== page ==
You are not permitted to download, save or email this image. Visit image gallery to purchase the image.
A conversation with two friends recently ended with both of them laughing at my expense, because, at 23, I still have not left the country.
Their laughter got me thinking.
Admittedly, I have since gone and booked flights to Melbourne for the Australian Open tennis tournament in January, and what's more, a six-week French expedition, also next year.
But is the joke really on me?
Believe it or not, my first ride on the new Queenstown Trail on Monday helped confirm it most certainly is not.
What a place we live in.
People spend thousands on airfares and accommodation to do what I can do any given day of sunshine, or rain for that matter.
Monday brought the perfect weather conditions to try part of that $5 million trail everyone has been talking about.
I have got to say I was more than impressed.
Launched only two weeks ago by Prime Minister John Key, this trail had some big expectations to live up to.
It opened my eyes to what we have in our own back yard in this part of the country.
Cycling 30km or more from Arrowtown to Lake Hayes Estate and then up Shotover Rd and Speargrass Flat Rd, you get a good taste of what we are about here.
At no point was I thinking about how sore my legs were or how tired my lungs were.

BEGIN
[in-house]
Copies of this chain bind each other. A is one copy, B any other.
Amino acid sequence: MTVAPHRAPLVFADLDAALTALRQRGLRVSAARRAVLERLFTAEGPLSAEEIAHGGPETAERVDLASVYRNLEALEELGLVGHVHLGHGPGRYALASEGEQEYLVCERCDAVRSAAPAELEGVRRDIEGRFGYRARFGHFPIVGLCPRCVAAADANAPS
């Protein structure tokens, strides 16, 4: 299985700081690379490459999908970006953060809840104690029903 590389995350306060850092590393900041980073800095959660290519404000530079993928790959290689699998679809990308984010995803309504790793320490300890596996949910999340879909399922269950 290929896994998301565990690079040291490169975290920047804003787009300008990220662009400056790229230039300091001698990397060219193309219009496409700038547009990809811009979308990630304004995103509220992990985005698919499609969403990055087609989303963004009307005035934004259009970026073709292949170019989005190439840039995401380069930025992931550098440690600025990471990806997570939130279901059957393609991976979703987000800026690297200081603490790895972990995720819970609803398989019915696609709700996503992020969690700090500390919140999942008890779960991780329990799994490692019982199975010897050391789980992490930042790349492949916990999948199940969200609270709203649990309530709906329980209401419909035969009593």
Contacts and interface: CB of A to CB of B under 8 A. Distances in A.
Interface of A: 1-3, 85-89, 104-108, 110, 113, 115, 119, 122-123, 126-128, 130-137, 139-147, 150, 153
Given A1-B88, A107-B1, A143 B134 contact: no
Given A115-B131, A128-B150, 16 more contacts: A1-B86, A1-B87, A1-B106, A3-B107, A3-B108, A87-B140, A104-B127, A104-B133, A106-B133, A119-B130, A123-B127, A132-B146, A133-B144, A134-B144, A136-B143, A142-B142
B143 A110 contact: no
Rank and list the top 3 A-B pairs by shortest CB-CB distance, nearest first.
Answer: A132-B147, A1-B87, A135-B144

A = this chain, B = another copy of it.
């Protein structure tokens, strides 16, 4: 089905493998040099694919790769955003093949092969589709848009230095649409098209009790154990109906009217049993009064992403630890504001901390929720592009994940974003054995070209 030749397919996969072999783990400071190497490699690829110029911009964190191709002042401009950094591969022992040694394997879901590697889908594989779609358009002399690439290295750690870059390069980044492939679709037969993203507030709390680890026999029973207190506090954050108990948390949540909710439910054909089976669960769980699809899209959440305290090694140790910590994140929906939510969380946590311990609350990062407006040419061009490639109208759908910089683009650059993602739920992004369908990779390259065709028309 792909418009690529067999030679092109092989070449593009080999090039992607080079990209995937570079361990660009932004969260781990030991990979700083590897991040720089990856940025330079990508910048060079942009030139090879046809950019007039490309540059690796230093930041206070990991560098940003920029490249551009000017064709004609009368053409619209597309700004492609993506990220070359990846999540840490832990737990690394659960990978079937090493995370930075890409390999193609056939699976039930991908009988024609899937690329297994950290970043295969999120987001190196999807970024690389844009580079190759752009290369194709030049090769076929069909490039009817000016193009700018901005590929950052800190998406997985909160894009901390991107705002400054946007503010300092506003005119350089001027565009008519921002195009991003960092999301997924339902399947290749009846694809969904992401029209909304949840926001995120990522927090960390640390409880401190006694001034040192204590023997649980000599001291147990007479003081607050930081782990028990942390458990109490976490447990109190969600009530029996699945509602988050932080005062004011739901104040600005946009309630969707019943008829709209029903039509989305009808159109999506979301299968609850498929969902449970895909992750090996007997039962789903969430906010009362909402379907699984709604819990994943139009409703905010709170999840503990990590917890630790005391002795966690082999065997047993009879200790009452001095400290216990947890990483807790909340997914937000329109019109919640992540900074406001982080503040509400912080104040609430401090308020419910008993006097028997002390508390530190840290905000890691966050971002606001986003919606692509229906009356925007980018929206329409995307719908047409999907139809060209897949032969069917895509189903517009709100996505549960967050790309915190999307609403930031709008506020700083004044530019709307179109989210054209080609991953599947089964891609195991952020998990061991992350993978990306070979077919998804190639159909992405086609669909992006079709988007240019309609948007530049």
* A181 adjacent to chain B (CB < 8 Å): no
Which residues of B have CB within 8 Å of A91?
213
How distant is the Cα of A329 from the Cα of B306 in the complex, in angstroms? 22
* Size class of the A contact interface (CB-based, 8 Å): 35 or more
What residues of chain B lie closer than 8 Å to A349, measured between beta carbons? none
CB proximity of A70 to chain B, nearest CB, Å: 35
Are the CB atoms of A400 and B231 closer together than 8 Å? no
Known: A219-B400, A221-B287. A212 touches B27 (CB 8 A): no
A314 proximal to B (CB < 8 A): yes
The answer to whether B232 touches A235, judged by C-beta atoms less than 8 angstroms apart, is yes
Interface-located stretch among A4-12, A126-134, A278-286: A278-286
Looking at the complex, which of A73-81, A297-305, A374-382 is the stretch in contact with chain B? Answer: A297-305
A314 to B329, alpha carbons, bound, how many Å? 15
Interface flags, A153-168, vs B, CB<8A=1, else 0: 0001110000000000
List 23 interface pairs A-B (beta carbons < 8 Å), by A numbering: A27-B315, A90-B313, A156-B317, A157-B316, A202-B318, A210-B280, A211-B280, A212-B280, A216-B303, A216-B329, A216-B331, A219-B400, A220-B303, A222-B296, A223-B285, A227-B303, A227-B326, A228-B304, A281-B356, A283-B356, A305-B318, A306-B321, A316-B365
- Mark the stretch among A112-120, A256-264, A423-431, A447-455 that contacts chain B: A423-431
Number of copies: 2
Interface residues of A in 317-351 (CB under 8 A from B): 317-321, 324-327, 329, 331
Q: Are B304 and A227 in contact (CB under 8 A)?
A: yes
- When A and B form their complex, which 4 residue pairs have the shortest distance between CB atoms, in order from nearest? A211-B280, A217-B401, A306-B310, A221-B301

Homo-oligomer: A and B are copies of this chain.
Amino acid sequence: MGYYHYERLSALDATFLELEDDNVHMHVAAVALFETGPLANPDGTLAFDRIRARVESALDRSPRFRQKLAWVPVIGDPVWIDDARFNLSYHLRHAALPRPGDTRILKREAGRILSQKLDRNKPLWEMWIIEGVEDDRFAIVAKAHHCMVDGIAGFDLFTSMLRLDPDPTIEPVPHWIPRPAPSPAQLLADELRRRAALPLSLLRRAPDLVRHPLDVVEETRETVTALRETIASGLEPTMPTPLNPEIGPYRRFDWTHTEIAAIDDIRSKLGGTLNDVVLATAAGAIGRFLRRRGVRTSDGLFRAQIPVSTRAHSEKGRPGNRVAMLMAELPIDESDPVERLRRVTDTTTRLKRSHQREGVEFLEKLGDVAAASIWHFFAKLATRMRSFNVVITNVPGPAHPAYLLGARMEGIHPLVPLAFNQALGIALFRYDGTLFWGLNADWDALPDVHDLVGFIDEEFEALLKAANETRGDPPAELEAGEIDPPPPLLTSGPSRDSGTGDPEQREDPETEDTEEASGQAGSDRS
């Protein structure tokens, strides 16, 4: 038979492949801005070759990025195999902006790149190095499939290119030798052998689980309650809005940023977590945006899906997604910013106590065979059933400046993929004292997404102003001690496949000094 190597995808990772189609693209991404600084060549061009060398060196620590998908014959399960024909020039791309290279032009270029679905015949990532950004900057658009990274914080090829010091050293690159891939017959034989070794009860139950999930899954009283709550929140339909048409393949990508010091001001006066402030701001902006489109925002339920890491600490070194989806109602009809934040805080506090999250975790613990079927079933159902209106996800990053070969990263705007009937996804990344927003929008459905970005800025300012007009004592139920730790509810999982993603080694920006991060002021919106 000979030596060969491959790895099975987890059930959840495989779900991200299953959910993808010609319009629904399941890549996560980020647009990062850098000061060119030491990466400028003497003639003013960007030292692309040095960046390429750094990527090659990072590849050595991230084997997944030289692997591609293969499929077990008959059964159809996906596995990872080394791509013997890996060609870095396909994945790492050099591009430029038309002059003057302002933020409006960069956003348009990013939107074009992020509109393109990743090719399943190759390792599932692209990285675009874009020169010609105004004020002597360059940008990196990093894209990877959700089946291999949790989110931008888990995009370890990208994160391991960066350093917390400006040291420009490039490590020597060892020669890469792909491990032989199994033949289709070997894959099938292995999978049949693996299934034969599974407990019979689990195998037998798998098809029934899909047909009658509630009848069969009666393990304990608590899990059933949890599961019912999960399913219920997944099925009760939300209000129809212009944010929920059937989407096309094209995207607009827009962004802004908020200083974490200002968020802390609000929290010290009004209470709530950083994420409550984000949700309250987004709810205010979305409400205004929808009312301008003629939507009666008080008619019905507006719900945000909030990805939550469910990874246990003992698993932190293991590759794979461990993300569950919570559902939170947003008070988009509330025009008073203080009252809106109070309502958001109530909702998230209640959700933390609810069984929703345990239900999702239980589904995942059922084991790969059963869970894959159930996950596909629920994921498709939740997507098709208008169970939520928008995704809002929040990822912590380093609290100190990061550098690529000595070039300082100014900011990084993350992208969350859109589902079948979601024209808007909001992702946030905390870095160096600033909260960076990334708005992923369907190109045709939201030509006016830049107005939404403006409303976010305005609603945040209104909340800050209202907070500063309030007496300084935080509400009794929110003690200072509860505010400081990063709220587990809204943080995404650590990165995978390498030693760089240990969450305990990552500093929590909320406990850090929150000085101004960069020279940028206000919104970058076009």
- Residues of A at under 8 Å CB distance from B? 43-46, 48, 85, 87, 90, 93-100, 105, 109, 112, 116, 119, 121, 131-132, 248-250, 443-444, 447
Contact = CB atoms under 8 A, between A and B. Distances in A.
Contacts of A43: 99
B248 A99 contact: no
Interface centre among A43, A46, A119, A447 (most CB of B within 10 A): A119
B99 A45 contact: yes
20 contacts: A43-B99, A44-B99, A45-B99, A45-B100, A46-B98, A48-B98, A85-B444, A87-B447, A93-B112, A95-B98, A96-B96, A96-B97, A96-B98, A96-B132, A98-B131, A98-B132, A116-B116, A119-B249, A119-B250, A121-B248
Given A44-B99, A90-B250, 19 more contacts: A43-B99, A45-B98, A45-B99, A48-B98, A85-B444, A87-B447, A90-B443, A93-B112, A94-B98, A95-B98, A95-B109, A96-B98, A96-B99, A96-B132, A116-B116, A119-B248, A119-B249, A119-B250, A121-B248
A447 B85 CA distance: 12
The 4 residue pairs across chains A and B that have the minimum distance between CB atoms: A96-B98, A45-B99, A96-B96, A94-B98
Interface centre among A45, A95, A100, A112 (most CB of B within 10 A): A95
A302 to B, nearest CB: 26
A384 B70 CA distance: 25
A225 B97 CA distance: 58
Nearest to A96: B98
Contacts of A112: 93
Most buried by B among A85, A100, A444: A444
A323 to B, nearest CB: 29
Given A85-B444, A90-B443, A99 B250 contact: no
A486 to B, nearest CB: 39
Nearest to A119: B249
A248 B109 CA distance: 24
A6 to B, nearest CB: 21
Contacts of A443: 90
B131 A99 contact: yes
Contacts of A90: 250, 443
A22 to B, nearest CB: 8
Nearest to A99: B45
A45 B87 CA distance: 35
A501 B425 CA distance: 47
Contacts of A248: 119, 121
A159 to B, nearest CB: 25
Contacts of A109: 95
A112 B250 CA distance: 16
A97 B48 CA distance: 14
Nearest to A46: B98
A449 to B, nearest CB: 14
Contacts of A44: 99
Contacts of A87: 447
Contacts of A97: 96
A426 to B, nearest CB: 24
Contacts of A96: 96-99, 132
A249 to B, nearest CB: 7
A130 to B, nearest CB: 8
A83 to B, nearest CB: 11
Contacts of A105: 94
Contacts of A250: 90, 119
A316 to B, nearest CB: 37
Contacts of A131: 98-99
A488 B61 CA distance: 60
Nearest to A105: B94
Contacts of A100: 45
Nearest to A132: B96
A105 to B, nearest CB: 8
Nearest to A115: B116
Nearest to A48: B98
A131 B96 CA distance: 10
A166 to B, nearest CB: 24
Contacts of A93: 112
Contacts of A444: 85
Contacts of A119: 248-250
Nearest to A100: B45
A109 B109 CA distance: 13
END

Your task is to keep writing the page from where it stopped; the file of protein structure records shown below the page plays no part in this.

I was thinking only of how lucky we are.
Don't get me wrong; I have been on a few bike rides.
Just last weekend I was in Twizel for the Dusky Trail, which at the time I labelled the best I had seen.
And just like that, the Queenstown Trail topped it.
At one moment you have Arrowtown's mountains behind your back and an open Gibbston valley before you.
The next you are plunging downhill towards the Kawarau River.
Before you can even take a breath to say whoa, you are between Coronet Peak and the Remarkables, thinking, what did I do to land a job here?
The hills are steep enough to get your blood pumping, but easy enough to stay on your bike seat and enjoy your day.
Depending who you are with, you can speed through the trail in no time, or set up a family picnic on the way.
It is what I call "anybody's trail".
On my travels I passed a pram-pusher, a bearded tourist with two side baskets, a "Harry Hardout" who nearly cleaned me out around a sharp corner, and my favourite, the beautifully tanned man with long hair who I am sure must have been French - I ask again, why travel?
The trail was well signposted, well constructed and well mannered, that is, I developed no injuries and my chain stayed on.
Overall, this trail is, to me, worth every penny put into it, but that Frenchman and the many more visitors who are bound to use the trail are the ones who need to be impressed, for it to pay for itself over time.
Last summer was the year of the event - the paying events such as your Motutapu, but this summer I am saving for a truly special trip involving an aircraft, a beret and a baguette.
So while I can't afford to be surrounded in "lycra lads", I can still enjoy the many good bike rides this part of the world has on offer ... for free.